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88 % of finance professionals prefer e-mail as business communication


ENGLAND, UK: In the face of the rapid rise of social media, 88 percent of IT and finance professionals still rate e-mail as the best way to receive business information, while the popularity of paper in the office appears to be declining. This is as per a survey carried out by business automation software provider, V1, which explored discrepancies on how different generations have a preference on receiving information.


The survey asked respondents to classify themselves by their generation as either baby boomers (born in the 1940s and 50s), Generation X (born in the 60s and 70s) or Generation Y (80s and 90s). Findings revealed some notable similarities in attitudes and trends to digital communications sandwiched between the age groups.

All generations selected e-mail as the preferred choice for receiving information, with each scoring social media channels reading in the order of the Twitters and the Facebooks as being of lesser importance. All the three age groups graded Facebook and Twitter as their two least preferred procedures of business communication.

The older employees rated Twitter as the least important with 56 percent giving the social media platform the lowest score possible, and 55 percent scoring likewise for Facebook. Generation Y also ranked Facebook as their least popular channel, with 53 percent giving it a low score. The youngest employees were also most likely to give paper a low rating, (42 percent) followed by Generation X (33 percent) and baby boomers (31 percent).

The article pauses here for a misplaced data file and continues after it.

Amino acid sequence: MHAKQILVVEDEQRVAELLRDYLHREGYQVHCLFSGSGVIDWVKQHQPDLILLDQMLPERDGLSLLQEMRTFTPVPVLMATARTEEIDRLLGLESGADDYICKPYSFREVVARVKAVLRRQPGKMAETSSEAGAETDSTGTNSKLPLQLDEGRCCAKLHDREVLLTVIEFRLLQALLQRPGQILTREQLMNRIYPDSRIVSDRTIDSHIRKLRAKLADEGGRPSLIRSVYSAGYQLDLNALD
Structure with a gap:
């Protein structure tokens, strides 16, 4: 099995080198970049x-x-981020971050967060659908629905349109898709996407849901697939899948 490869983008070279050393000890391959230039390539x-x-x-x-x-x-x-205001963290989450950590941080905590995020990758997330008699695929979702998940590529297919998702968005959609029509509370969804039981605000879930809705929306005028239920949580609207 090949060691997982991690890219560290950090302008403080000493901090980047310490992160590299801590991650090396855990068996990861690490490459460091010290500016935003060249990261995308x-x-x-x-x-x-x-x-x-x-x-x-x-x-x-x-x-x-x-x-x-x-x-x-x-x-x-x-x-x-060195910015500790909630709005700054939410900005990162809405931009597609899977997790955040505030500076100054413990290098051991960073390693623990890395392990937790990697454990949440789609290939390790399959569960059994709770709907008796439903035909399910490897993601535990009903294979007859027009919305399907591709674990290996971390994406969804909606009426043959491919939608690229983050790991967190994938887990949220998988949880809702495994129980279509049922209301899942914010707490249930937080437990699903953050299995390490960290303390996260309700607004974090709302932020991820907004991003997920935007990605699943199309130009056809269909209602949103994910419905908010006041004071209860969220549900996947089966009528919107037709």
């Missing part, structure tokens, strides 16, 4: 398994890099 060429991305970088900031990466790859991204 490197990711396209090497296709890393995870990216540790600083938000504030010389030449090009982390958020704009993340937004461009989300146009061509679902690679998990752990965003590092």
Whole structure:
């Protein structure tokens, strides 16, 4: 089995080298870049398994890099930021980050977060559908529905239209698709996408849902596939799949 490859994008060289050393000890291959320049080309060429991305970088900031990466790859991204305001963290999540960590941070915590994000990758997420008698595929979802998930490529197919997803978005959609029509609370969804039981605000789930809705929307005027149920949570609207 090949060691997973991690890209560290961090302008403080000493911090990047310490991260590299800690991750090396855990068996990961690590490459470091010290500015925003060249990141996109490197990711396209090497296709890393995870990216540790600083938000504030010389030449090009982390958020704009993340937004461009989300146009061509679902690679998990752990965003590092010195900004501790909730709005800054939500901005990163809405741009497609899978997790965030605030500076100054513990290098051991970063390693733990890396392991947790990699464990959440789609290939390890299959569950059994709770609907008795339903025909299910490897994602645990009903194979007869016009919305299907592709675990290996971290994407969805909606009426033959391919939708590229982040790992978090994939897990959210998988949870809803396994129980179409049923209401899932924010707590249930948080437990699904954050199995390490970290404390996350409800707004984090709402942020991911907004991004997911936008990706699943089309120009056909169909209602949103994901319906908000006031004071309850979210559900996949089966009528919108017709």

The research also bared a number of other IT trends differentiating the generations. As a case in point, baby boomers spend an average of 90 minutes online for business purposes, with an additional 57 minutes a day for social use. For Generation X, the figures were 140 minutes for business, and 55 for social; while Generation Y spend 167 minutes a day online for business purposes, and 107 minutes for non-business.

The middle-aged group were most likely to have a LinkedIn account (56 percent), driving home the fact that they may see networking as being more important than any other generation. Younger workers were the least likely to use LinkedIn, at 42 percent, and 47 percent of the boomers. Generation Y, at 56 percent, were the biggest users of Facebook, followed by Generation X (39 percent), and the boomers at 28 percent were least likely to use it.

Overall, Twitter was the least popular of the social media platforms, with Generation X having the highest number of users (28 percent), Generation Y second (22 percent), and boomers using it the least (19 percent).


Jawed Akhtar

A Journalist by interest and a Music Enthusiast by passion. Wedded to Mother Nature, Jawed indulges his aesthetics in travelling and reading books of varied genres. Having covered News stories for top Dailies in his formative years, that is, he is game for tryst with Technology at Techmagnifier.

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